“If your older loved one wears glasses, make sure they have a current prescription and they’re using the glasses as advised by their eye doctor.

“Remember that using tint-changing lenses can be hazardous when going from bright sun into darkened buildings and homes. A simple strategy is to change glasses upon entry or stop until their lenses adjust.

“Bifocals also can be problematic on stairs, so it’s important to be cautious. For those already struggling with low vision, consult with a low-vision specialist for ways to make the most of their eyesight.

4. Notice if they’re holding onto walls, furniture, or someone else when walking or if they appear to have difficulty walking or arising from a chair.

“These are all signs that it might be time to see a physical therapist. A trained physical therapist can help your older loved one improve their balance, strength, and gait through exercise. They might also suggest a cane or walker—and provide guidance on how to use these aids. Make sure to follow their advice. Poorly fit aids actually can increase the risk of falling.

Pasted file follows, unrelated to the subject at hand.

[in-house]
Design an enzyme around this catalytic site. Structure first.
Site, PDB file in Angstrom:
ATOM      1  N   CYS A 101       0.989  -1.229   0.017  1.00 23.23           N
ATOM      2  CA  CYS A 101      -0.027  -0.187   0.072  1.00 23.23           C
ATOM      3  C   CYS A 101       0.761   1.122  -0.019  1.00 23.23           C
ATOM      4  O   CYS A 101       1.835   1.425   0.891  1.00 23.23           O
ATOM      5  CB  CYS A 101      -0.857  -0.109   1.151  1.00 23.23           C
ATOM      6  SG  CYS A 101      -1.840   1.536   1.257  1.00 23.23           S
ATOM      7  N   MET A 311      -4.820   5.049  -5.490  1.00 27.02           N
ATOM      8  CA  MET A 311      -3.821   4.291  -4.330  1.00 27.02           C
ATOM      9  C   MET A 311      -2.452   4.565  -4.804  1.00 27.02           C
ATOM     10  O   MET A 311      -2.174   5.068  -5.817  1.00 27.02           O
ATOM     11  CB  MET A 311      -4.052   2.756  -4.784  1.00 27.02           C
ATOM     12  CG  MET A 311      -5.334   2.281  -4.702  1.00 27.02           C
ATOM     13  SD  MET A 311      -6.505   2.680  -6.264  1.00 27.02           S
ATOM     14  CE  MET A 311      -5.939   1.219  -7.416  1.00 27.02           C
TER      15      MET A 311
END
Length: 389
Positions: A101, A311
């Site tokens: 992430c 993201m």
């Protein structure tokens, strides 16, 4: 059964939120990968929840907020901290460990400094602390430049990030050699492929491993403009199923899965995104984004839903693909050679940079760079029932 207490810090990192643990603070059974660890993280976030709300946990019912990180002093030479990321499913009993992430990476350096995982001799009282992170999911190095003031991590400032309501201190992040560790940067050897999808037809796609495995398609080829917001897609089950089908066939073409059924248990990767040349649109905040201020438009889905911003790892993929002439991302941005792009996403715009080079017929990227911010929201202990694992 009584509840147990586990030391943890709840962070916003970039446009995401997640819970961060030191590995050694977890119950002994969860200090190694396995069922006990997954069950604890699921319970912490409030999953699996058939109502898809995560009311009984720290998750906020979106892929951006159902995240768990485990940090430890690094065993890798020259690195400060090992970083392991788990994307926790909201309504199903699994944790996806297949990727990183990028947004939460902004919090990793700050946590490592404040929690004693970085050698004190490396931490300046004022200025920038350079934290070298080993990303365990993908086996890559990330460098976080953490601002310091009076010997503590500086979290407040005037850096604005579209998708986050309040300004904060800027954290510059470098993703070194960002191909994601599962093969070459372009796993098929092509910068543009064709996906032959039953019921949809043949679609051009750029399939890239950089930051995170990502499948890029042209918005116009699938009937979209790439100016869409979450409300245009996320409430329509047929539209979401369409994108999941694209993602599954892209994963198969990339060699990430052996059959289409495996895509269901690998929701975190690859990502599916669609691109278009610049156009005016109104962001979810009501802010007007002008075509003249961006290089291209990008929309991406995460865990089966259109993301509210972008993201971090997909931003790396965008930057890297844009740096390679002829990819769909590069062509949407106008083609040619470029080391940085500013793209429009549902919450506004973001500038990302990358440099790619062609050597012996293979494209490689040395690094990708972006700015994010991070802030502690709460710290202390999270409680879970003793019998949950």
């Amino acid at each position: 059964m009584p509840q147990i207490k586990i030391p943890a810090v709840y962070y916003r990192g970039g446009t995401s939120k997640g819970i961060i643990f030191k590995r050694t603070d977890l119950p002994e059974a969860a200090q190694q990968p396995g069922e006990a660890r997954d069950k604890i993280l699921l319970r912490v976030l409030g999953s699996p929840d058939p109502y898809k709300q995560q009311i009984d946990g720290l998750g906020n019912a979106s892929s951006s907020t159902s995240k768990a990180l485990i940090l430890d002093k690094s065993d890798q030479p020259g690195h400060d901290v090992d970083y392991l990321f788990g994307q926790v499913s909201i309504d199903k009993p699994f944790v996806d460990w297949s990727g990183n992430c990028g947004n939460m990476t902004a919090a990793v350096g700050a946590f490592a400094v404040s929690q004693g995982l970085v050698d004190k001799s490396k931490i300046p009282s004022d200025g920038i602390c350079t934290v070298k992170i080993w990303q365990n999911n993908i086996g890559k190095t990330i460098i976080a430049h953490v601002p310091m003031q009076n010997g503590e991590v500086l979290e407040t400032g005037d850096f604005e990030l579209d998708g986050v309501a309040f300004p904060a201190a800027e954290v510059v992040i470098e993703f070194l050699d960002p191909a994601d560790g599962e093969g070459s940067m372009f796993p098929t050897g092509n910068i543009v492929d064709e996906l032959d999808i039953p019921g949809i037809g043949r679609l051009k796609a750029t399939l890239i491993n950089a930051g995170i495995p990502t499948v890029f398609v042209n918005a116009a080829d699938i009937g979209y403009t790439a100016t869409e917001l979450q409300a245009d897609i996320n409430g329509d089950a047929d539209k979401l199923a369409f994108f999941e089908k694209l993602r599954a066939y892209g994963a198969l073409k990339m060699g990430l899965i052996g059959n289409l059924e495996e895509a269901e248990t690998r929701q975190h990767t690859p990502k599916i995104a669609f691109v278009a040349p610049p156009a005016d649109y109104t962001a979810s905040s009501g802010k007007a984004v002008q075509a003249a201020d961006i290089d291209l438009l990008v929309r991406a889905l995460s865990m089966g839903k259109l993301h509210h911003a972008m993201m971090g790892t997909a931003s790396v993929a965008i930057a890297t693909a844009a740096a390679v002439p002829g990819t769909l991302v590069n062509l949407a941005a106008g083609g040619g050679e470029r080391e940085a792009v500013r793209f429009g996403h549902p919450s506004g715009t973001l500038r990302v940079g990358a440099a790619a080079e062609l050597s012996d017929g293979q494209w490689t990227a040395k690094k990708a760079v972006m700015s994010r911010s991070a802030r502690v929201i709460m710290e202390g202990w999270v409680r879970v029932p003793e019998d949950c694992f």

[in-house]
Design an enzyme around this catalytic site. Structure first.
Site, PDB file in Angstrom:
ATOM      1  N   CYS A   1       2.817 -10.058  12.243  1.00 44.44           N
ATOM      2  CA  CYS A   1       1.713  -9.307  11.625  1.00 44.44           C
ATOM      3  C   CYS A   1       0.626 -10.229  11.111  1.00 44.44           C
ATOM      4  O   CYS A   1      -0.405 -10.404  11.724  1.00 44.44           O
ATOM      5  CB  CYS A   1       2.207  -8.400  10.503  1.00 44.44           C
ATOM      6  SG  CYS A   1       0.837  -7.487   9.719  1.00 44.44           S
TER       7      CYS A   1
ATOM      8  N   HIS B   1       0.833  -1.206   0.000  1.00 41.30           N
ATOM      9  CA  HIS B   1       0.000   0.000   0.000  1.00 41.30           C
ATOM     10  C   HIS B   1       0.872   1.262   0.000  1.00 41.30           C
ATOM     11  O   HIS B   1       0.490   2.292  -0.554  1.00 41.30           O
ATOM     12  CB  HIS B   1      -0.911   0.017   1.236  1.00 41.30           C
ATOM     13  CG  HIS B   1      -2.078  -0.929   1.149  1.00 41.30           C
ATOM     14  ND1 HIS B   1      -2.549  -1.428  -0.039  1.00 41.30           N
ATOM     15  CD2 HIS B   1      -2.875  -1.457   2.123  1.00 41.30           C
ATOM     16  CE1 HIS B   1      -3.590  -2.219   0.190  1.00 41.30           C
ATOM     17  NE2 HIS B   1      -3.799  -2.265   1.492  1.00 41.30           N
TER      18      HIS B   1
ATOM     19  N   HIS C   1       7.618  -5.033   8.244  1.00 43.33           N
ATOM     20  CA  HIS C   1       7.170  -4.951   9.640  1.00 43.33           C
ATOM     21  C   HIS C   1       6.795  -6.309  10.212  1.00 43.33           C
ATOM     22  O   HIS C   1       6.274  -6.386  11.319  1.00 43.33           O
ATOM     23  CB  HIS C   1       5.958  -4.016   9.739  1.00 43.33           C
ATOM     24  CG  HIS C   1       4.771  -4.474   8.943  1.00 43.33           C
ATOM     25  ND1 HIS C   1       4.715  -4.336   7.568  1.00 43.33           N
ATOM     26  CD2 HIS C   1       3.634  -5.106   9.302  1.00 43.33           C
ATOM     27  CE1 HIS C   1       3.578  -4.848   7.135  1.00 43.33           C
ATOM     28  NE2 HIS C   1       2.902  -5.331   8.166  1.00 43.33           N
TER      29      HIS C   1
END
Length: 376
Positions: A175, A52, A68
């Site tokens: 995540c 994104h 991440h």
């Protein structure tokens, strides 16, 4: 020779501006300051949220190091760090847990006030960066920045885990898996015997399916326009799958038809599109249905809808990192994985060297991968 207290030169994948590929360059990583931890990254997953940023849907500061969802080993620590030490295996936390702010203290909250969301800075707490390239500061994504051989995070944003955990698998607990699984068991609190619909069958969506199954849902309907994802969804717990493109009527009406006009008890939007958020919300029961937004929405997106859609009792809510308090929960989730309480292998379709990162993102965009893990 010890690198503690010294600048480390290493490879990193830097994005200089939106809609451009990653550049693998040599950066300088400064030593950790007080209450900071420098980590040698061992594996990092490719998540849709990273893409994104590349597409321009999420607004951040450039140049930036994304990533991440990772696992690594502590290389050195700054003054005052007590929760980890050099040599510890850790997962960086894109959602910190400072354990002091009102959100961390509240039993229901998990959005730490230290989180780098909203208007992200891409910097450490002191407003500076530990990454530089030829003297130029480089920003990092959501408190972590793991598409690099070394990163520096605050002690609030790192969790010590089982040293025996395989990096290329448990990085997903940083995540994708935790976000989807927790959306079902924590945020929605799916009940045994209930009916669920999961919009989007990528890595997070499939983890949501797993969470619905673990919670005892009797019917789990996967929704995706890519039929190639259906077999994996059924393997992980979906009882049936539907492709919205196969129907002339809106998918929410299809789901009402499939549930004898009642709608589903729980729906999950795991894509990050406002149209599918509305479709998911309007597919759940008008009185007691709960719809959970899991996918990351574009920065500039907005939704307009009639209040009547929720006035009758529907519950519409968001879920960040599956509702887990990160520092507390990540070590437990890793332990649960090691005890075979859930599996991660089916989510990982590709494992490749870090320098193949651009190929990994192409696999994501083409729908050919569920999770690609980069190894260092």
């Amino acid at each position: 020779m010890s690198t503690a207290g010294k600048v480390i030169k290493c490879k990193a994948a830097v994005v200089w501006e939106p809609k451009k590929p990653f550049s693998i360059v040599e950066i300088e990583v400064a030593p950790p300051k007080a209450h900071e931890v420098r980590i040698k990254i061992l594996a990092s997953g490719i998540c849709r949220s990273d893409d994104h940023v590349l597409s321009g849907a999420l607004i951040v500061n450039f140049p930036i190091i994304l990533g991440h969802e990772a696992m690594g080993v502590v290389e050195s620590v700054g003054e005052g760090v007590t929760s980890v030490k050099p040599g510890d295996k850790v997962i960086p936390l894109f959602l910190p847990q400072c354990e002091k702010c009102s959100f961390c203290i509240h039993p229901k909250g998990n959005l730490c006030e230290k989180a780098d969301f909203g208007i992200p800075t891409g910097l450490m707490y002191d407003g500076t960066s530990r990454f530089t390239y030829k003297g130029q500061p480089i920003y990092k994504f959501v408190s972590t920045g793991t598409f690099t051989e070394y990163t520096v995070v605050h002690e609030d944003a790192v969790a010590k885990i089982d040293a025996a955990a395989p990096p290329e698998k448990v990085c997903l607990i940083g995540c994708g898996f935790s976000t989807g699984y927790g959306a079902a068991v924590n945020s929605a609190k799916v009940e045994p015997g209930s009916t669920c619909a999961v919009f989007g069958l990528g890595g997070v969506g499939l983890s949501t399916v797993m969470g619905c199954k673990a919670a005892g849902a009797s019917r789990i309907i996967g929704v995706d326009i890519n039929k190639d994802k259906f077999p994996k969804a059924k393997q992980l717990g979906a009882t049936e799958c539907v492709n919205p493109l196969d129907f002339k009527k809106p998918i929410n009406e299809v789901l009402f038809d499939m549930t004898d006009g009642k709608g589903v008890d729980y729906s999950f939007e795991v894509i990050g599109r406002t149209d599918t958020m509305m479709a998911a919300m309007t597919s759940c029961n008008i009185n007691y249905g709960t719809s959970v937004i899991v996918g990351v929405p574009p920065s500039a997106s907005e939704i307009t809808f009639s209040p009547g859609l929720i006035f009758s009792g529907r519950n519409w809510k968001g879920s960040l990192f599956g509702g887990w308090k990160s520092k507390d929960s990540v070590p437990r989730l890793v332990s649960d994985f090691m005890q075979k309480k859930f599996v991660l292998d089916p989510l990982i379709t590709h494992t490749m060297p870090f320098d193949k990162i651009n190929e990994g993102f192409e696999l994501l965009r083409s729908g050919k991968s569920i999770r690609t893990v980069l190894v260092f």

5. Talk about their medications.

“If your older loved one is having a hard time keeping track of medicines or is experiencing side effects, encourage them to discuss their concerns with their doctor and pharmacist. Suggest that they have their medications reviewed each time they get a new prescription.

“Also, beware of non-prescription medications that contain sleep aids—including painkillers with “PM” in their names. These can lead to balance issues and dizziness. If your older loved one is having sleeping problems, encourage them to talk to their doctor or pharmacist about safer alternatives.

6. Do a walk-through safety assessment of their home.

“There are many simple and inexpensive ways to make a home safer. Here are some examples: